TOPEKA (KSNT) – The spring and summer months can bring deadly tornadoes to the Midwest.
To help Kansans prepare, the National Weather Service tested the emergency sirens at night instead of during the day on Thursday. Brandon Drake, a meteorologist with the service, said the change was made to create a more realistic timeline for residents.
According to Drake, tornadoes often happen between 3 p.m. and 10 p.m. In Shawnee County, the sirens were tested at 6:30 p.m. The test, Drake said, was considered successful.
The new test time means some businesses focused on the possibility of having more people at their stores if there is a severe weather threat.
“It’s definitely nerve-wracking,” said Megan Courtney, the manager of perishables at Hy-Vee. “You’re kind of like, now I have all of these people here.”
But Courtney and other managers have been trained for severe weather situations and have already had to put that training to use.
“We, actually at this store, had to have everybody go back into the cooler,” she said. “Thankfully, there was no tornado.”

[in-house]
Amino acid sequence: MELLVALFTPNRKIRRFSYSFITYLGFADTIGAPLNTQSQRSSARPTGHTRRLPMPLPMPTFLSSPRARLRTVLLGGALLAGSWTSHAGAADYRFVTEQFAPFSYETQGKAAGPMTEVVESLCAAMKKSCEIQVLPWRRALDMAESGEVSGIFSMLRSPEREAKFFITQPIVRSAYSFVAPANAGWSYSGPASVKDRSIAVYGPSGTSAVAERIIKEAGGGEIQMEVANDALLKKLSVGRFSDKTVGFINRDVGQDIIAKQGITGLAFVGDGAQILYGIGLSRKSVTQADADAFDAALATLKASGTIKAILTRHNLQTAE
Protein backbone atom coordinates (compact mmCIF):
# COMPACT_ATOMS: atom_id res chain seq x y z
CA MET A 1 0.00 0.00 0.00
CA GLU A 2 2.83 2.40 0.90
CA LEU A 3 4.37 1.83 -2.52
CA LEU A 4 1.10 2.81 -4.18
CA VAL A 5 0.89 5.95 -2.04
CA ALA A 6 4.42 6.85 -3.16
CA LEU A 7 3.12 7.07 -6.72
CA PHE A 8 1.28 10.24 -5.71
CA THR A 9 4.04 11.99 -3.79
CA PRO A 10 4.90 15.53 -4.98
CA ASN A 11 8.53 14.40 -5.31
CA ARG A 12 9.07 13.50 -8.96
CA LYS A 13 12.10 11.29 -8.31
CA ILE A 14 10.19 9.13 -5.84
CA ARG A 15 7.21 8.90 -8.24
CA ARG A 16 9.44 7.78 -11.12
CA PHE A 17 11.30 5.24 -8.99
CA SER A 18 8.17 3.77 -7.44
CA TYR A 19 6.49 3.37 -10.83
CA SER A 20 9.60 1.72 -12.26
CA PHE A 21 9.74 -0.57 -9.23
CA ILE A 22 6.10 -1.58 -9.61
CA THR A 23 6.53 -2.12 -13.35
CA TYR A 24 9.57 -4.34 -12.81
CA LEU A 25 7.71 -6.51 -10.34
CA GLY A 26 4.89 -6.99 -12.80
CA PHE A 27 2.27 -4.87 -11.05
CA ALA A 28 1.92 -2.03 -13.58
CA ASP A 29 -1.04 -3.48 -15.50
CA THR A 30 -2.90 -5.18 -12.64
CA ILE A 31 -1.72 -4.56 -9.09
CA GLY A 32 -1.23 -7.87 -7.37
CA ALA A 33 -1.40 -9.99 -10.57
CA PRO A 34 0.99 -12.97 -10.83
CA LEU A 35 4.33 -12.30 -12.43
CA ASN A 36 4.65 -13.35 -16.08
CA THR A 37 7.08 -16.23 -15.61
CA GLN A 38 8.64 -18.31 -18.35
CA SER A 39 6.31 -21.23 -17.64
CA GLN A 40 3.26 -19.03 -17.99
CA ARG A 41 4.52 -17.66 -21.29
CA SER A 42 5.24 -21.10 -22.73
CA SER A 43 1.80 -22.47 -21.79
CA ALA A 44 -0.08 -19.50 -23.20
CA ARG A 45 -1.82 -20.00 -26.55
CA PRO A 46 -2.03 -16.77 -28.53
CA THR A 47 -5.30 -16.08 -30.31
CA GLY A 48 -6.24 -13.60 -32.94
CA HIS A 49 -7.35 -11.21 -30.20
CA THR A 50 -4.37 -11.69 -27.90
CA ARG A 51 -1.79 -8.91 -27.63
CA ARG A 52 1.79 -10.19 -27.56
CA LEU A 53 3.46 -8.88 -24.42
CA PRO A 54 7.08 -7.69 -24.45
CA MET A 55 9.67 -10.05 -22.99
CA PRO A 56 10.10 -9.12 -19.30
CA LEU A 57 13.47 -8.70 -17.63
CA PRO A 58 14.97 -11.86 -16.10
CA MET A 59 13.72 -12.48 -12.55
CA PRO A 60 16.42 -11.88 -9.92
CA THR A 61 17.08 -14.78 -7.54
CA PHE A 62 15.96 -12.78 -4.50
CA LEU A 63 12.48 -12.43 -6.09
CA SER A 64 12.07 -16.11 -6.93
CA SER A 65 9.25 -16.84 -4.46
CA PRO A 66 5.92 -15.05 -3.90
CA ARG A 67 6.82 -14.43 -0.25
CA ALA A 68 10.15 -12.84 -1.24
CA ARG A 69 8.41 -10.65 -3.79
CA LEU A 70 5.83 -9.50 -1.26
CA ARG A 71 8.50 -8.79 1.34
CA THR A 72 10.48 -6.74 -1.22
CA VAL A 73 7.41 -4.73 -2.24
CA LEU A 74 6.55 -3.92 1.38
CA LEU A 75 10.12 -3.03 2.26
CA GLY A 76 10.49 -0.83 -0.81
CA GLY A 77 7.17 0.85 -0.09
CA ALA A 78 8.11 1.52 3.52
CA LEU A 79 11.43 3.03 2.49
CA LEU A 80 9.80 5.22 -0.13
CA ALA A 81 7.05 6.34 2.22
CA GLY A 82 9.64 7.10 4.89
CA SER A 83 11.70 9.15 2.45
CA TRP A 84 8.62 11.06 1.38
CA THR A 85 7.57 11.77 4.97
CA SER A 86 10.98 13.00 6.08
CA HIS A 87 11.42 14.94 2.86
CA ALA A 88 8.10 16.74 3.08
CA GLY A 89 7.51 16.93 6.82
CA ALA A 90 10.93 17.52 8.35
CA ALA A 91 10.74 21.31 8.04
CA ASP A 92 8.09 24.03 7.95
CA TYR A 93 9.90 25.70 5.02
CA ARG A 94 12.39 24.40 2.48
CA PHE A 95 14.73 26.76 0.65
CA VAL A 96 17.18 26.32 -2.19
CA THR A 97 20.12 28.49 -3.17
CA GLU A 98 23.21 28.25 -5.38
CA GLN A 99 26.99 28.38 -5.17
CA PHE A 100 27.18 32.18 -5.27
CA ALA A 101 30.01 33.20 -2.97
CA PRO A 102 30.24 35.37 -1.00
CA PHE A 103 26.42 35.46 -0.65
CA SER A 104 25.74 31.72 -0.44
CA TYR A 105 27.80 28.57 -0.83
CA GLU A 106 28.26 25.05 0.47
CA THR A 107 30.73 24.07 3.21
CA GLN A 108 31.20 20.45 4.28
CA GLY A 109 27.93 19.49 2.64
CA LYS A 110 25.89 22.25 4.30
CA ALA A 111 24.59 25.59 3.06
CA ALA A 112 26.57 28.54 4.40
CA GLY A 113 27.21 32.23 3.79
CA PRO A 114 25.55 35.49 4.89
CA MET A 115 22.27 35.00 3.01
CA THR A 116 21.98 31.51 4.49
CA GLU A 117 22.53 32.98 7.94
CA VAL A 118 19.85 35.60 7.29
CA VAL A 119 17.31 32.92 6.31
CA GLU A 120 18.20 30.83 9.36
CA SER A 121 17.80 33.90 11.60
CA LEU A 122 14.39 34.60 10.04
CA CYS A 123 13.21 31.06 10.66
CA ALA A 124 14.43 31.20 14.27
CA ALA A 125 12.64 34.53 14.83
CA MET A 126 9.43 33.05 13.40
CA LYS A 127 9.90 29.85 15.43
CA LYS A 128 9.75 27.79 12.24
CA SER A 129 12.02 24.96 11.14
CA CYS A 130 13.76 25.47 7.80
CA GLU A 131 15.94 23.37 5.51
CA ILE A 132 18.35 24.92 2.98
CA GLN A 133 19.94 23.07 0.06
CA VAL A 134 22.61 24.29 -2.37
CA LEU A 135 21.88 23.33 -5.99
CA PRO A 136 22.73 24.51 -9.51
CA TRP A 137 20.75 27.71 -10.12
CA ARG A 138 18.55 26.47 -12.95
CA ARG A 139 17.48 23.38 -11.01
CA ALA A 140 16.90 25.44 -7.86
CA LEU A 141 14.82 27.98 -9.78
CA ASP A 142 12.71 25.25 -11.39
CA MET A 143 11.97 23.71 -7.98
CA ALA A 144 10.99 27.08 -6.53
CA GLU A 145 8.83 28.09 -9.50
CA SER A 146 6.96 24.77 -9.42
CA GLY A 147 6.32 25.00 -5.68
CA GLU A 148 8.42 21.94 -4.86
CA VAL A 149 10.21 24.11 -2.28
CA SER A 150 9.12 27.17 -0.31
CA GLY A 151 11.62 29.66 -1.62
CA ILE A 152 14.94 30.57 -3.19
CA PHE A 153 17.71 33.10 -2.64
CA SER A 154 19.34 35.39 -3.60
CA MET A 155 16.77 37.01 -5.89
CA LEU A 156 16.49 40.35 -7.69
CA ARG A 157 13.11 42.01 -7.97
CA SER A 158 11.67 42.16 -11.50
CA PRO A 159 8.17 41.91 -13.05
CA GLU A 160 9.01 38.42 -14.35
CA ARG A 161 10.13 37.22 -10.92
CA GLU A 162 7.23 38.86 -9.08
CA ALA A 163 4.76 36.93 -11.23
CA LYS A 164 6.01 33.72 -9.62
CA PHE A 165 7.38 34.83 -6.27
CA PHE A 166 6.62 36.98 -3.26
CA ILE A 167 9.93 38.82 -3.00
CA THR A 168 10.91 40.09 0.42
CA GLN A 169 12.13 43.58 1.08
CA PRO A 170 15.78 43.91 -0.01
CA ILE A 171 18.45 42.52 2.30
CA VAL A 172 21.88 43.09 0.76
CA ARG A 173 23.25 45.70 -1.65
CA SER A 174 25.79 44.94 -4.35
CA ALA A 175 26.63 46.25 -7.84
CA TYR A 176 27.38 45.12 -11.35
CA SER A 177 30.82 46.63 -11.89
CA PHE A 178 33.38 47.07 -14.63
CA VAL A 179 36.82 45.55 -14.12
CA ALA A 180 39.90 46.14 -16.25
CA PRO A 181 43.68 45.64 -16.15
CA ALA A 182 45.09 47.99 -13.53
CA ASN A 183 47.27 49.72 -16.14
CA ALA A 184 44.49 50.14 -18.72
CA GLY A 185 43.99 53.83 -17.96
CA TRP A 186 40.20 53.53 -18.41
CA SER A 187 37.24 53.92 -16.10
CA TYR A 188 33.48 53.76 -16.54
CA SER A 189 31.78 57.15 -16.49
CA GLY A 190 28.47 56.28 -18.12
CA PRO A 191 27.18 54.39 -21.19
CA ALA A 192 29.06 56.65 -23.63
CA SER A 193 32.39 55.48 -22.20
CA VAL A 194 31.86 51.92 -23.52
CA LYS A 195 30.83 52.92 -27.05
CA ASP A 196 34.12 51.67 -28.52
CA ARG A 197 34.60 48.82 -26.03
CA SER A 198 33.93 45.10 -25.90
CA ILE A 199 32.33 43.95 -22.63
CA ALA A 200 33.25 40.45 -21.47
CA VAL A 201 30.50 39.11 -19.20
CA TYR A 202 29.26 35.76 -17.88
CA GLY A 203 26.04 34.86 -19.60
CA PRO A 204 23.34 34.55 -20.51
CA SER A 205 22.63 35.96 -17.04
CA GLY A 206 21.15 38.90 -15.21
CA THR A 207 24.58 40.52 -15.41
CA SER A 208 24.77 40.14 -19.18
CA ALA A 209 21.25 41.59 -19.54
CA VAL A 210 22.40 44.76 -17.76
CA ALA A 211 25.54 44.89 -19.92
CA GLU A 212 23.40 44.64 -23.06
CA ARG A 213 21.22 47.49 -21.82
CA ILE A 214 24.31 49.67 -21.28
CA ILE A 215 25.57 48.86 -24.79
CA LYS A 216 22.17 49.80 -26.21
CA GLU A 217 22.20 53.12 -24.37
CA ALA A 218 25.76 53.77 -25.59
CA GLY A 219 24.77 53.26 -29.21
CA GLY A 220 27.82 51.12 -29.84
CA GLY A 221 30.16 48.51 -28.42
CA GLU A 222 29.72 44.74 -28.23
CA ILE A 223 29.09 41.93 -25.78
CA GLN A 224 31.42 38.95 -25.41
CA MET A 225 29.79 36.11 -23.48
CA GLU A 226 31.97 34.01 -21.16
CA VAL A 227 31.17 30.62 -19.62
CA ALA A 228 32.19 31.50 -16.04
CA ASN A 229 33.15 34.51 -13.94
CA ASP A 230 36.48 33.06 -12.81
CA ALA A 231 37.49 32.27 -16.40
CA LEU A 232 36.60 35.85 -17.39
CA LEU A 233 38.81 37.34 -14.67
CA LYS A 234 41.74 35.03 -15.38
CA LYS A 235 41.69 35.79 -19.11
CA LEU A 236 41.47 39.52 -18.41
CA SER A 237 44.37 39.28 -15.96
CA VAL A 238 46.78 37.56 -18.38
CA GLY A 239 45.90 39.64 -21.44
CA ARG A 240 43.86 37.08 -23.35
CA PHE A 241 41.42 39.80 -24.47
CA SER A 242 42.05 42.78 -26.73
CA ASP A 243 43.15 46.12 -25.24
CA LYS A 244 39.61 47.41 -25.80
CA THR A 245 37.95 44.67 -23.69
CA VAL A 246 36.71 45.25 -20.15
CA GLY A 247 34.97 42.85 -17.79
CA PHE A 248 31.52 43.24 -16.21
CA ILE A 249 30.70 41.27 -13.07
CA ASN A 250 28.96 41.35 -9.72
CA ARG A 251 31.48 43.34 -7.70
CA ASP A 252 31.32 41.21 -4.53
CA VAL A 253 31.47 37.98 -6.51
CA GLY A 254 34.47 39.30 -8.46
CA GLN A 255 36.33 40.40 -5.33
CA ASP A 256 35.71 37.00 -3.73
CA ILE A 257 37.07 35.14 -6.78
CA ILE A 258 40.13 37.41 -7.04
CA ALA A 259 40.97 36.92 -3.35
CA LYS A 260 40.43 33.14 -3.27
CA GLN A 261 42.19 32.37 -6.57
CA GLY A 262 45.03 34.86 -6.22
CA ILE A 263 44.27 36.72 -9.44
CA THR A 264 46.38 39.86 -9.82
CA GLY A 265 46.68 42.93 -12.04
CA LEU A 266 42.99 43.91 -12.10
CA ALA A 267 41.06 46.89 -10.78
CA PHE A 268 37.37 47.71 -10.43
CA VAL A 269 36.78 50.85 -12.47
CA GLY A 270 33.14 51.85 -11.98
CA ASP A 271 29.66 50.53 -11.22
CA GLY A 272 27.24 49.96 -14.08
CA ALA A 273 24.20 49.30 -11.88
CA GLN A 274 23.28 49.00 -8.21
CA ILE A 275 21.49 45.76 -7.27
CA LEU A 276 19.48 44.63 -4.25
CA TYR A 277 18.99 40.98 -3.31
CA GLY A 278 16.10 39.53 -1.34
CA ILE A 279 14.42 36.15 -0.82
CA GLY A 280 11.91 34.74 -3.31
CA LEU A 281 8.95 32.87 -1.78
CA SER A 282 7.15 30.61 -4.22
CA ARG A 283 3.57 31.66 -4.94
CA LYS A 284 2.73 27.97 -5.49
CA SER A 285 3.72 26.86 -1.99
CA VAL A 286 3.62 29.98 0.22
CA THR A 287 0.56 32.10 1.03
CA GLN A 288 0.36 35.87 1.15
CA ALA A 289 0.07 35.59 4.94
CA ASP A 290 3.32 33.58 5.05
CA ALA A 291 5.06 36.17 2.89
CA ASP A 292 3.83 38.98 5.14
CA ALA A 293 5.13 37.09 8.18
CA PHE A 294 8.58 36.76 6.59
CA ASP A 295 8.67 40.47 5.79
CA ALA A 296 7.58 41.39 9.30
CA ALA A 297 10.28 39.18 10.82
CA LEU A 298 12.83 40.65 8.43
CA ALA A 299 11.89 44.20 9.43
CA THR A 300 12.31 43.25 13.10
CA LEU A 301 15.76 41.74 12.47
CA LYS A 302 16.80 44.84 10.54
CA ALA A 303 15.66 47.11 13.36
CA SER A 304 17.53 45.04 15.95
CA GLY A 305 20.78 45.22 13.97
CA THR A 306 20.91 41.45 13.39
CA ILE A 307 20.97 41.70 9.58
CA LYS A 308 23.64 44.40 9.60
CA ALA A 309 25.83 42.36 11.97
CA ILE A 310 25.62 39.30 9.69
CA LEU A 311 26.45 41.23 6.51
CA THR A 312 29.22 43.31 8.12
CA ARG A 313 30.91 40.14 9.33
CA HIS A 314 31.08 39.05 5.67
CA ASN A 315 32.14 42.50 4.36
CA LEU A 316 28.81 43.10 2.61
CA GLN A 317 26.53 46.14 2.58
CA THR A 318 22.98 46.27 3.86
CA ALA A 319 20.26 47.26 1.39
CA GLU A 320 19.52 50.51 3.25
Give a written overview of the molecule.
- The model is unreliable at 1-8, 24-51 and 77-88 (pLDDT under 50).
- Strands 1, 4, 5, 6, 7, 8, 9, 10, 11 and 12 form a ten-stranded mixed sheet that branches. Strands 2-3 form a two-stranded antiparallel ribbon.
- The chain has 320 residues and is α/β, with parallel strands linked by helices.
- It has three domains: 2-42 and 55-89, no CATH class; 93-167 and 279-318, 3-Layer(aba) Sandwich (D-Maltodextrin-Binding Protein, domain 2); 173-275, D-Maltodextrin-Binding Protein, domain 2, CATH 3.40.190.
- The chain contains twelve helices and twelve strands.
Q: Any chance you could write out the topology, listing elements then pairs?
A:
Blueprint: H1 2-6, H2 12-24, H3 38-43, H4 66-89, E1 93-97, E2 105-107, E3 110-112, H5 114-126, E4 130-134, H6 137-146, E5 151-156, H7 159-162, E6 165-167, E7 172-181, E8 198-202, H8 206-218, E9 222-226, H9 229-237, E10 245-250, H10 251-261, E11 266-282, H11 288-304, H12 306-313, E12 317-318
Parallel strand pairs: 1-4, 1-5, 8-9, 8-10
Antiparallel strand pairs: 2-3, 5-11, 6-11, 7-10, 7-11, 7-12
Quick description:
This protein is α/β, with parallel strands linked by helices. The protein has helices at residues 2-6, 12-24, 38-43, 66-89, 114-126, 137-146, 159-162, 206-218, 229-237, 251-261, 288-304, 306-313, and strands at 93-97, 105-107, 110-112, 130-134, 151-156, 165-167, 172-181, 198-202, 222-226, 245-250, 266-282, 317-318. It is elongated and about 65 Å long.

That cooler is located behind the milk and orange juice at the back of the store. Courtney said it can hold more than 100 people but if there is overflow, there is a meat cooler too.
For life-long Kansans, having a plan for severe weather is important no matter where you are.
“It’s always something that is on my mind especially during the spring time and the summer,” said Tricia Vogel.
Vogel teaches math at Washburn Rural and knows how important it is to get everyone to shelters quickly.
She said it makes her uncomfortable when there is no plan in place.
“I think it would have me a little on edge thinking that, what am I going to do. Do I have enough time to head to a place that has a plan,” she said about being out when there may be severe weather.